Hidden behind the unremarkable frontage of a low-rise warehouse in the Mission district of San Francisco is one of the most innovative education experiments in the US. Now in its seventh year, Brightworks is turning education on its head with an approach that makes the pupil entirely responsible for shaping their own learning experience. A private school for children of all ages, Brightworks is unusual in that there are no exams, no testing or SATs, no formal curriculum, no learning objectives and no teachers, only “collaborators”. Children come to school to work on projects they devise entirely by themselves — often using power tools, drills, hammers and saws. Whether inside, creating extraordinary large-scale metal works, or outside on field trips around the Bay Area and beyond, the emphasis is on playful stress-free learning.
“I like to think of our school as a huge lab for learning and play,” says Brightworks’ founder Gever Tulley, a self-taught coder for software company Adobe with no formal education who has reinvented himself as a disruptive educational entrepreneur. “Instead of school being about written tests, we’ve made it about games, puzzles and challenges [that children] devise themselves and solve together. School should be empowering and set them up for a life of learning and curiosity. I hated seeing the light go out of children’s eyes at the mere mention of school.”
One of the most surprising differences between Brightworks and its mainstream, state school counterparts is the lack of screens in classes. Despite its location in the technology crucible of the world, you won’t see pupils idly tapping on iPads or watching educational videos in class. Tulley’s model is designed around helping students discover their intrinsic ability free from the easy distractions of technology and increasingly popular forms of edutainment — activities that blend screen-based learning with visual entertainment. “If they are interested in something, we let them run with it, but they have to chase it and get deep into things,” says Tulley. “We don’t have many rules, but one of them is that if you want to play a video game you have to make it yourself.”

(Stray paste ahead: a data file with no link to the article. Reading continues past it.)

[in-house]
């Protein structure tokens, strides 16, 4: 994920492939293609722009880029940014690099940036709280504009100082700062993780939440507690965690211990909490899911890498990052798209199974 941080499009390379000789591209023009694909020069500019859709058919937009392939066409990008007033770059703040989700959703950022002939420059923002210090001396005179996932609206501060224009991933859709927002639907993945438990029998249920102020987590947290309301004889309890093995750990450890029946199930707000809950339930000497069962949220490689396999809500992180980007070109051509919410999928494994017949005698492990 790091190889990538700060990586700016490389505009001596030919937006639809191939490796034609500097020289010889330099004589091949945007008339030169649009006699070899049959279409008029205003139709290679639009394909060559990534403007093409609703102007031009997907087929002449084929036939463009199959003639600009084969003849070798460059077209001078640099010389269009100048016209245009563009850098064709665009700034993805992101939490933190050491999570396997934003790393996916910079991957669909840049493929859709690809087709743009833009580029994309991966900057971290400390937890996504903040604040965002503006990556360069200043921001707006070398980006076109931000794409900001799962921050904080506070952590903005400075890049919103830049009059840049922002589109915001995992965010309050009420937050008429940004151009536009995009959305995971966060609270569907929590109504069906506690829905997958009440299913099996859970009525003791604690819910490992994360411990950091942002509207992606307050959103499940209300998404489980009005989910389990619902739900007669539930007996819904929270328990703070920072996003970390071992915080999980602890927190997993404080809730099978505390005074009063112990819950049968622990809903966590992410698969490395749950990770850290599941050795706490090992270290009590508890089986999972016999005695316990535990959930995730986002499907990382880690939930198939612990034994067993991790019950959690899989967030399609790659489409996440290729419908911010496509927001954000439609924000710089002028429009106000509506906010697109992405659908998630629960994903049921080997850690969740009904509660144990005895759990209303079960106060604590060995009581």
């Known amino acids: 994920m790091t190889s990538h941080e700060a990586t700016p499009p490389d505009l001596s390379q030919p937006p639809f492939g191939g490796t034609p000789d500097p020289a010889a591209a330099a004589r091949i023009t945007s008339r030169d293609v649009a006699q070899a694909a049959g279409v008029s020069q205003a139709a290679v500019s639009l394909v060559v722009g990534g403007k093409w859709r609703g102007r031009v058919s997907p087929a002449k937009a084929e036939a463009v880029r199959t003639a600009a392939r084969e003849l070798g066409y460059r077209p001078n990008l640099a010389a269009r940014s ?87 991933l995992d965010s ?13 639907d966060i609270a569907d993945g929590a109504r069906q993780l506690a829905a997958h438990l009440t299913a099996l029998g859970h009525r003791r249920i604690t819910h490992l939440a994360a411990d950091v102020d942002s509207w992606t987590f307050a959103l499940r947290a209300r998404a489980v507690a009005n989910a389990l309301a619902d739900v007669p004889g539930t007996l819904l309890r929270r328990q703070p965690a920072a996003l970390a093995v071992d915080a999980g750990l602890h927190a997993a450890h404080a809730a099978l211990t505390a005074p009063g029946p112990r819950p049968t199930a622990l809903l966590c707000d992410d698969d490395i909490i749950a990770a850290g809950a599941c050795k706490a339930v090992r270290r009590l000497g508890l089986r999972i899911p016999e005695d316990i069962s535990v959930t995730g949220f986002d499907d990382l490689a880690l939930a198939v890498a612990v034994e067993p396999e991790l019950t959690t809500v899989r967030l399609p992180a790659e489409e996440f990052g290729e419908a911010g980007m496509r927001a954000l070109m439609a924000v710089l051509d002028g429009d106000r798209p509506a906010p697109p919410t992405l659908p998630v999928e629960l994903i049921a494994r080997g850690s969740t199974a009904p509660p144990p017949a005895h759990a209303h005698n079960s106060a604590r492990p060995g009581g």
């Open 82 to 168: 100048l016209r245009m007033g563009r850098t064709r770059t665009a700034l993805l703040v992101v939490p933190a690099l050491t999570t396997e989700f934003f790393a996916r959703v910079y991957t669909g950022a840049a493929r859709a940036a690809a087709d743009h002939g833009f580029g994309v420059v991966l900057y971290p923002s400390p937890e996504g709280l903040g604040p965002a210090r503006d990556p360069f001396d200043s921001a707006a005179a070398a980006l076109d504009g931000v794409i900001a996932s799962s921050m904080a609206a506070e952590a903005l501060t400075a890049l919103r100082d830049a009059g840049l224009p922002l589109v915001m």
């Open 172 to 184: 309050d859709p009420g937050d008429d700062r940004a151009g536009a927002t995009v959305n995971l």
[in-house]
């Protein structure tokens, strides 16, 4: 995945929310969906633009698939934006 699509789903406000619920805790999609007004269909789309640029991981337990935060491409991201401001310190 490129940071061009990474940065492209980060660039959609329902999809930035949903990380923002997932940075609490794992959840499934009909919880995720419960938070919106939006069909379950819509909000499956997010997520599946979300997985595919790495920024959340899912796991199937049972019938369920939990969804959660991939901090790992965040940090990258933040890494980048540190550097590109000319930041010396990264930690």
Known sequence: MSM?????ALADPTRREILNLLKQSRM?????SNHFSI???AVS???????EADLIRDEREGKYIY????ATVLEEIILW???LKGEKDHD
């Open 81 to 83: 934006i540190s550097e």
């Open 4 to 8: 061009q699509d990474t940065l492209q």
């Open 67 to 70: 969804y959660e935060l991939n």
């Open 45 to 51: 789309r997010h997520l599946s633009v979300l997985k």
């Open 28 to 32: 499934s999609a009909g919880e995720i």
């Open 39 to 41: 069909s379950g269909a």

The Brightworks approach is proving increasingly popular with California’s tech elites, whose children currently make up over 60 per cent of the school. The other 40 per cent are subsidised places for those with the motivation but not the means to pay the $30,000-plus-a-year fees. Karena Capraro, a graphic designer, and her husband Michelangelo, a digital experience designer, sent their son Oscar to Brightworks when he was eight. “He was strong academically but not empowered as a learner,” says Karena. “He’d get the answers right, but when we asked a little deeper and asked why, he would usually say it was because they told him it was the right answer. So much knowledge is accessible through the internet that schools have to start teaching us what we can do with it, not what it is.”
Karena’s husband did not enjoy his own schooling experience. “My experience with school is that kids flew under the radar all the time,” he says. “These kids, these little walking idea factories and sponges can do anything, and the thought of quashing that seemed wrong.”
The academic establishment appears to be coming round to Tulley’s playful, learner-led approach too. Even though his students have no SAT scores, Harvard and Stanford universities and Massachusetts Institute of Technology are looking at students’ portfolios as a way of assessing their potential. “They already know the best people are not necessarily the ones who’ve aced their SATs,” says Tulley.
Brightworks’ rip-up-the-rulebook approach reflects a set of complex tensions currently consuming education. Many parents worry that conventional education is failing to develop the creative intelligence people will need in the age of the so-called fourth industrial revolution — characterised by technological innovation in areas such as artificial intelligence, robotics and connectivity.
With Google chief executive Sundar Pichai earlier this year at Davos pronouncing AI to be “more important than fire or electricity”, the stage is set for an urgent debate around technology, humanity and the kind of education we give our children.
The popularity of the alt-education movement’s “low-tech, high-play” ethos can be seen as a first response to rote-learning and exam-focused schooling by trendsetters who can afford to do things differently. The more conspiratorially minded have suggested the shift towards tech-free education for the Silicon Valley “technoscenti” is merely a sign of self-interest — in the way that all dynastic groups always seek to ensure their continued dominance.
The tech savvy understand better than anyone how technology can enhance human intelligence but also how it can impede its development, the argument goes. They are looking to ensure their own children are future-proofed while the rest slip into tech dependency.